Yerin Ha of 'Halo' hopes to become an angel actor for other Asians
“Halo,” a sci-fi Paramount+ original series produced by American filmmaker Steven Spielberg, fronts a defiant Asian girl as one of its protagonists. Set in a 26th century dystopia, the teenager Kwan Ha from the outer colony planet of Madrigal faces tragedy from the beginning of episode 1: Her father Jin Ha, portrayed by Korean actor Kong Jeong-hwan, is brutally killed before her eyes by the alien group named the Covenant.
The nine-episode English series, which was released in Korea through local streaming service Tving on June 17, is adapted from one of the highest-grossing Xbox game series of the same title, having sold over 81 million copies over the last two decades. According to The Guardian, the total production cost for the Paramount+ series surpassed $200 million.
Kwan Ha is portrayed by Korean-Australian actor Yerin Ha. Ha, who visited Korea and interviewed with local press ahead of the release of “Halo” on Tving last week, said that she felt “proud of herself” for being able to withstand the long periods of shooting.
Ha was born in 1998 and although she grew up in Sydney, her Korean is fluent. She auditioned and was cast for the role of Kwan Ha just as she was preparing to graduate from Australia’s National Institute of Dramatic Arts. She debuted as an actor through ABC drama series “Reef Break” (2017) and has taken the theater stage with Sydney Theatre Company’s production of “Lord of the Flies” in 2019. “Halo” is her first lead role in a big-budget commercial series.
According to the actor, the ethnicity of Kwan Ha was set as Asian from the start.
“I believe they weren’t sure whether the actor [chosen to portray Kwan] would be Korean or Chinese,” she said in Korean at an online press interview on June 17. “[After I was cast,] the script read that some of the dialogues could be in Korean. After checking that I could indeed speak Korean, they gave me the Korean lines a few weeks before the shooting began, and Kong and I fixed them up a bit after discussing them, trying our best to make them sound natural.”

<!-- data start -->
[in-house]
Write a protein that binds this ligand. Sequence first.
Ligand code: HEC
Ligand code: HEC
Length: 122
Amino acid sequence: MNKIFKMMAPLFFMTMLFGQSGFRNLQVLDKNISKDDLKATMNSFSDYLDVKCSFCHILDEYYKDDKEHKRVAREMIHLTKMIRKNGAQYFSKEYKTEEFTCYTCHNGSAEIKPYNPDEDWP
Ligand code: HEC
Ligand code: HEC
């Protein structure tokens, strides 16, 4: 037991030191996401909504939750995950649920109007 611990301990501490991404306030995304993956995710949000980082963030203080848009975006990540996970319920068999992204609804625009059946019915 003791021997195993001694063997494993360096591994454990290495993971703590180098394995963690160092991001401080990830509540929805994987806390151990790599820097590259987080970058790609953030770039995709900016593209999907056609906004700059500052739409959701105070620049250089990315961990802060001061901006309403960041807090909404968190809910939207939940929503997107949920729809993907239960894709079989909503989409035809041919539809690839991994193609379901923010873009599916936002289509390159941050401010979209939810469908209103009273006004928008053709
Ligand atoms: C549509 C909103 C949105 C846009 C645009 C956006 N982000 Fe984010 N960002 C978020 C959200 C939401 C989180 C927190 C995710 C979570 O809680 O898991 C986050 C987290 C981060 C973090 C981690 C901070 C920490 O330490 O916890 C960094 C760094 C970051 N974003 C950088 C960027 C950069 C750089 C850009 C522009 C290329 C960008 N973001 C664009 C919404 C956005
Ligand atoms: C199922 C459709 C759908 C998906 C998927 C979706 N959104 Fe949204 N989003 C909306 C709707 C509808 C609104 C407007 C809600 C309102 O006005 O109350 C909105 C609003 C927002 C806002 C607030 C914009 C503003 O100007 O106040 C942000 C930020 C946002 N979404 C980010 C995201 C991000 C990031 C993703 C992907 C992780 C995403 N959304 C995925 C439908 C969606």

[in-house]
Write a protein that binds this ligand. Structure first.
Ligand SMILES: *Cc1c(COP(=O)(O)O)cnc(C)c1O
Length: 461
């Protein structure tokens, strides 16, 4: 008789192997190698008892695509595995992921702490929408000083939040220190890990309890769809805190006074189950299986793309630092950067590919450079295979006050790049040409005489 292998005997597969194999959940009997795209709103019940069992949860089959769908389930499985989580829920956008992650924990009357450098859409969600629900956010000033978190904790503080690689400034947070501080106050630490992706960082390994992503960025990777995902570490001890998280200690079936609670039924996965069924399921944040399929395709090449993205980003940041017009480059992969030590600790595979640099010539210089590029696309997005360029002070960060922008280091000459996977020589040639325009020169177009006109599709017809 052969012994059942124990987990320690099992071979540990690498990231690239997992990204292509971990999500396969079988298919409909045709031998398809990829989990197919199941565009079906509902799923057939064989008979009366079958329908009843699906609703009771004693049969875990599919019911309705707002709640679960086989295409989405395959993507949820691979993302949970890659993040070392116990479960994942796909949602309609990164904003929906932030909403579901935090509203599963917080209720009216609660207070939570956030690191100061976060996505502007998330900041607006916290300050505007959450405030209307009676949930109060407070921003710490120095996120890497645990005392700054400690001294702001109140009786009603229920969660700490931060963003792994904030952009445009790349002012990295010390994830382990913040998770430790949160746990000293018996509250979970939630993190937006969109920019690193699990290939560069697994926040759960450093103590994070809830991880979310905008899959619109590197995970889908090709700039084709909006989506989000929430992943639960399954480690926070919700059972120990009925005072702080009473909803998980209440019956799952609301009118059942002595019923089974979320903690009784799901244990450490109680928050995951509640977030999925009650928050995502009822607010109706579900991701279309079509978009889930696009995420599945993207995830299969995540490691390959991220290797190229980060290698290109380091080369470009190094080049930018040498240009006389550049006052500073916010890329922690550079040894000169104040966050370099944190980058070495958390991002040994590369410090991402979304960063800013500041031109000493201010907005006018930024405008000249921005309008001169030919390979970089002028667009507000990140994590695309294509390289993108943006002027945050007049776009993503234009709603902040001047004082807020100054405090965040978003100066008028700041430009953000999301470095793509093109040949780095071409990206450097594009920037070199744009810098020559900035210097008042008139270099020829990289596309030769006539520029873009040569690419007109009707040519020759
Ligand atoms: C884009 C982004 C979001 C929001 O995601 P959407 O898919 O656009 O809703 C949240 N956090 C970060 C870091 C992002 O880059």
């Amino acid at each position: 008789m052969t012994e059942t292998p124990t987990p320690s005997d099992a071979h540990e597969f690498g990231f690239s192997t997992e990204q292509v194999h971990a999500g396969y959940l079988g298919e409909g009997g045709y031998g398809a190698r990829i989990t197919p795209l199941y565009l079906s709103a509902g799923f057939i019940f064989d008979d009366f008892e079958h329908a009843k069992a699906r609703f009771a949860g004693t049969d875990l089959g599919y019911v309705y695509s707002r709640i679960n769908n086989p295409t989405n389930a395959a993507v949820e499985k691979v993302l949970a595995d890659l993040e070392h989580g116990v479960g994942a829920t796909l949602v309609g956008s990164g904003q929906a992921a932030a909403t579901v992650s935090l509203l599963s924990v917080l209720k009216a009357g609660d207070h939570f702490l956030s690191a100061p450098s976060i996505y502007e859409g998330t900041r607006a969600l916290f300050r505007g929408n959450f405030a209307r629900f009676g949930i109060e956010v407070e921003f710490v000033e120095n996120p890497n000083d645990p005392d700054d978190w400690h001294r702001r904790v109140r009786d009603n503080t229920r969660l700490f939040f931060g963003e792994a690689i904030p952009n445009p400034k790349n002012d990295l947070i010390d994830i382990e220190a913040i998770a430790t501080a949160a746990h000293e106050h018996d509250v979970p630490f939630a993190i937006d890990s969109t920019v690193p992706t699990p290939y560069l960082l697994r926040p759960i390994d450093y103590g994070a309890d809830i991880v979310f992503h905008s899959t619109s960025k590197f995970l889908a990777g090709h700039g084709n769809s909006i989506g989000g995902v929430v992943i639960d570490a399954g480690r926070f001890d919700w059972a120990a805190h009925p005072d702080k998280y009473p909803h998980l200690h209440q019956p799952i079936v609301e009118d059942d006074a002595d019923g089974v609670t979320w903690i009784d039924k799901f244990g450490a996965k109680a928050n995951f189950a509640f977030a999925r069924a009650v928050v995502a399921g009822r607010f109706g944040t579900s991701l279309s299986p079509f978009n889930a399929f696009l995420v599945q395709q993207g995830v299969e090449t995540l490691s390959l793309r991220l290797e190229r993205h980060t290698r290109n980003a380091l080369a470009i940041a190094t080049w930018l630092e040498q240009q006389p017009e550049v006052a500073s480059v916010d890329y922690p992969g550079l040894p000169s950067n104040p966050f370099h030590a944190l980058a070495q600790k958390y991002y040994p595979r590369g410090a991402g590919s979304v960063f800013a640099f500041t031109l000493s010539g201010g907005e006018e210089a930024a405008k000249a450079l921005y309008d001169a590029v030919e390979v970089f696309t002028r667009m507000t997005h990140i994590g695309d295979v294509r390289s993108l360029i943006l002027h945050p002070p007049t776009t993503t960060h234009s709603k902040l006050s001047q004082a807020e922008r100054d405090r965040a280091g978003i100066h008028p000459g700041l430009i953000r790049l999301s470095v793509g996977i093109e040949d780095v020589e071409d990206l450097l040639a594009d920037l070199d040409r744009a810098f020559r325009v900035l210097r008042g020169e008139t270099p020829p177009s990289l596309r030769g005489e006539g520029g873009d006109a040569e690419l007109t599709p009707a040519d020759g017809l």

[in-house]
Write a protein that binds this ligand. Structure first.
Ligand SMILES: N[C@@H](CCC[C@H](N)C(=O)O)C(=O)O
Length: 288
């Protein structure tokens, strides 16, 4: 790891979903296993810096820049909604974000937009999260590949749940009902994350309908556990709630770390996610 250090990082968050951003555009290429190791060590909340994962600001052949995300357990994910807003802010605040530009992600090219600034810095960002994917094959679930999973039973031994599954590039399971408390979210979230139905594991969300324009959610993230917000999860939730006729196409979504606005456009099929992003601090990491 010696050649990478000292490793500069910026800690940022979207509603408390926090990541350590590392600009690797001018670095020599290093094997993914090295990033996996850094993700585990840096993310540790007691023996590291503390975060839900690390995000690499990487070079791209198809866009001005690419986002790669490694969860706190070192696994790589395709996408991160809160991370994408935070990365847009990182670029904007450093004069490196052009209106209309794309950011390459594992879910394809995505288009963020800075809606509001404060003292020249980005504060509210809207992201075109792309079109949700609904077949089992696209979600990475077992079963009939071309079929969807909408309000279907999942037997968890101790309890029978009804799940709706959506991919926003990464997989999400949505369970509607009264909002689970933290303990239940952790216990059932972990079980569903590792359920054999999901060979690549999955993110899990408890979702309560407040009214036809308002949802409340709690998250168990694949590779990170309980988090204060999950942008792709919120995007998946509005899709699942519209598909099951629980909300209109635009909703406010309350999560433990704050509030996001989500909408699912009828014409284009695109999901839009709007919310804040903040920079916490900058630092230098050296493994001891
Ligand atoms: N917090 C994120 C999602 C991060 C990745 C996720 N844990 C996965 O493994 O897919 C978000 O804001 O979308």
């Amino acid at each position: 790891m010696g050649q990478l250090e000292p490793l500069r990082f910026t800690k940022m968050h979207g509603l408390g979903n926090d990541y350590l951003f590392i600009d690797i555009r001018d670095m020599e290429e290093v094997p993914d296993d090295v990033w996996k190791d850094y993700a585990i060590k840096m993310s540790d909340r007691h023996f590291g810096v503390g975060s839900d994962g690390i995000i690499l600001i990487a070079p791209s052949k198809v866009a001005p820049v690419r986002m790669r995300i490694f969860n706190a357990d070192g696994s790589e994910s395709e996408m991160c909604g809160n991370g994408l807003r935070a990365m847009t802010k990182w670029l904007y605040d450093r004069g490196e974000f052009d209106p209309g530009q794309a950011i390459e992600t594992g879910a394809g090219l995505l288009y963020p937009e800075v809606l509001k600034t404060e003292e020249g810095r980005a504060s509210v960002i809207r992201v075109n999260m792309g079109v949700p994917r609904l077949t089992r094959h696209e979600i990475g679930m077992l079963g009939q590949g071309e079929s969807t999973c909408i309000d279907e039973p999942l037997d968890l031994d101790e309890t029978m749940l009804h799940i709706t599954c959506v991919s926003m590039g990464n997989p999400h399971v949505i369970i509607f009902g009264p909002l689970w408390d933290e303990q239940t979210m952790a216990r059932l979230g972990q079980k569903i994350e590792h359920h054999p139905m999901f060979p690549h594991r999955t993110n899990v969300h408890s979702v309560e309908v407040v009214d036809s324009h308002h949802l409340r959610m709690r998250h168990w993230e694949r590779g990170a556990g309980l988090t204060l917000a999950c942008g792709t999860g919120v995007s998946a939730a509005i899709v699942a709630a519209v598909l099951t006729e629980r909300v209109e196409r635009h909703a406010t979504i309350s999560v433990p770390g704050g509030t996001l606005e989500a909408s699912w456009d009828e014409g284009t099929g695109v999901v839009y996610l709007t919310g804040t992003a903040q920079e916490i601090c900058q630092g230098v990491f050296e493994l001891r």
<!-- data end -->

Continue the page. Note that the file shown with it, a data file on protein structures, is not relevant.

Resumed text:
In the “Halo” universe, humanity has scattered across the galaxy but faces near-extinction due to alien attacks. Kwan is the daughter of General Jin Ha, a leader of the rebels from Madrigal who resists against the central government of the galactic system called the United Nations Space Command.
The occasional Korean dialogue between Kwan and Jin, such as when Jin yells “fire” in Korean, are an unexpected treat for local audiences. Both Kwan and Jin are characters created for the series who do not exist in the original game universe.
Ha said she knew about the game before she was cast, through her older brother.
“He was sort of a game freak so I knew about ‘Halo,’” she said. “I knew that it was an e-sports game series, and I felt honored to portray an Asian character in such a big universe. […] To get to know the game better, I tried to play it, but when I found out that I had zero talent for the game, I turned to books. There's a book called ‘Halo Mythos’ that helps you understand why aliens from all over the galaxy were trying to look for Halo.”
Season 1, which has already premiered in other parts of the globe, has its share of mixed reviews, of which the actor said she is aware.
“For original ‘Halo’ fans, I know there is more resistance against the series’ narrative,” she said, smiling. “For those who were introduced to the series for the first time, they were more generous, and they also liked the character of Kwan.”
Ha is the granddaughter of veteran actor Son Suk, 78, who is still active across theater, films and television series. Ha said she admires her grandmother’s dedication to her career.
“[When acting], I think she is very focused on the script,” Ha noted. “She is always holding in her hand the script of [whatever] project she is working on, and focuses on analyzing and truly understanding her character and the narrative.”
Although both her mother and grandmother warned her of the hardships of acting, they have been 100 percent supportive of her career choice. She said that she was also quite familiar with Korean content as well.
“When I was young, my father liked to have Korean historical television shows on in the background,” she reminisced. “And when Netflix came into the market, there was so much content to see on the platform.”
Her recent favorite pick of Korean content is JTBC drama series “Itaewon Class” (2019), and she is also a fan of K-pop stars such as girl group Sistar and boy band Exo. When given a chance, she said that she would “leap” at the opportunity to work on a local project.
“There haven’t been any chances offered to me yet [for Korean projects], and I am more comfortable in English,” she said. “But if I could, I would really, really love to star in one.”
The actor is set to be back as Kwan for the second season, which was announced in February, before the first season even aired. As an aspiring actor, Ha has ambitious plans set for her career.
“As an Asian actor, I want to become someone who can create more opportunities for other new actors who want to enter this industry,” she said. “I want to establish my own production company and become an iconic figure who can make more projects centered around Asians.”
BY LEE JAE-LIM [firstname.lastname@example.org]